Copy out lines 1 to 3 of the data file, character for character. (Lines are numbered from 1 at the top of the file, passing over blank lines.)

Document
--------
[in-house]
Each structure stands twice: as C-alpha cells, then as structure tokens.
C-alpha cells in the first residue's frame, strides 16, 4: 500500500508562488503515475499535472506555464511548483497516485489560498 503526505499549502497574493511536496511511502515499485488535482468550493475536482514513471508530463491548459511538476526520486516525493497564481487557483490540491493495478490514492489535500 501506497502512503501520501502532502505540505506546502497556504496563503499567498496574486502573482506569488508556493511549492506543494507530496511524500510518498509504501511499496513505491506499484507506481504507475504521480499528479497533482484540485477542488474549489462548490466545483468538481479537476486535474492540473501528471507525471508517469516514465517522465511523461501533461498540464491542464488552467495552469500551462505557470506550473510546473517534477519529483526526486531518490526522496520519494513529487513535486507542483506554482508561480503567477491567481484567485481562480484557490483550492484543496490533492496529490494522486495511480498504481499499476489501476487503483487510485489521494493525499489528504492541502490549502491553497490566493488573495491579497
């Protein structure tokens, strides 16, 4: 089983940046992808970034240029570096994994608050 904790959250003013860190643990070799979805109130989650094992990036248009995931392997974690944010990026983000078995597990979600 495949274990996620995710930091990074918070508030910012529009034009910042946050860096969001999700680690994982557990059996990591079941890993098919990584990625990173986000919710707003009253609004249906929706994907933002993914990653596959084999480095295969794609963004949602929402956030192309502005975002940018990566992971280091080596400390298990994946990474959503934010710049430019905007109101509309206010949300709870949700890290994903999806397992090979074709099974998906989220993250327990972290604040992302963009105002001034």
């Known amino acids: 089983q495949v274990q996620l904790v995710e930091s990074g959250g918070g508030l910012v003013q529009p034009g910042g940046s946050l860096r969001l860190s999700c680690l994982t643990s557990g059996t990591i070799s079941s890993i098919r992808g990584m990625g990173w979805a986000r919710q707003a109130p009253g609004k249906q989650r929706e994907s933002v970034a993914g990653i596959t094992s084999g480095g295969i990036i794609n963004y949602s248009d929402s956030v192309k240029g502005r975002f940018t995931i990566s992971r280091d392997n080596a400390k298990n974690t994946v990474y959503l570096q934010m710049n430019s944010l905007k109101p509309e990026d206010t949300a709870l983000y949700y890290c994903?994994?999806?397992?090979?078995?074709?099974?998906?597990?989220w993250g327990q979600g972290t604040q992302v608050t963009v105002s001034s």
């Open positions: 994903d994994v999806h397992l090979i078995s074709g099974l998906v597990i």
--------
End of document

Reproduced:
[in-house]
Each structure stands twice: as C-alpha cells, then as structure tokens.
C-alpha cells in the first residue's frame, strides 16, 4: 500500500508562488503515475499535472506555464511548483497516485489560498 503526505499549502497574493511536496511511502515499485488535482468550493475536482514513471508530463491548459511538476526520486516525493497564481487557483490540491493495478490514492489535500 501506497502512503501520501502532502505540505506546502497556504496563503499567498496574486502573482506569488508556493511549492506543494507530496511524500510518498509504501511499496513505491506499484507506481504507475504521480499528479497533482484540485477542488474549489462548490466545483468538481479537476486535474492540473501528471507525471508517469516514465517522465511523461501533461498540464491542464488552467495552469500551462505557470506550473510546473517534477519529483526526486531518490526522496520519494513529487513535486507542483506554482508561480503567477491567481484567485481562480484557490483550492484543496490533492496529490494522486495511480498504481499499476489501476487503483487510485489521494493525499489528504492541502490549502491553497490566493488573495491579497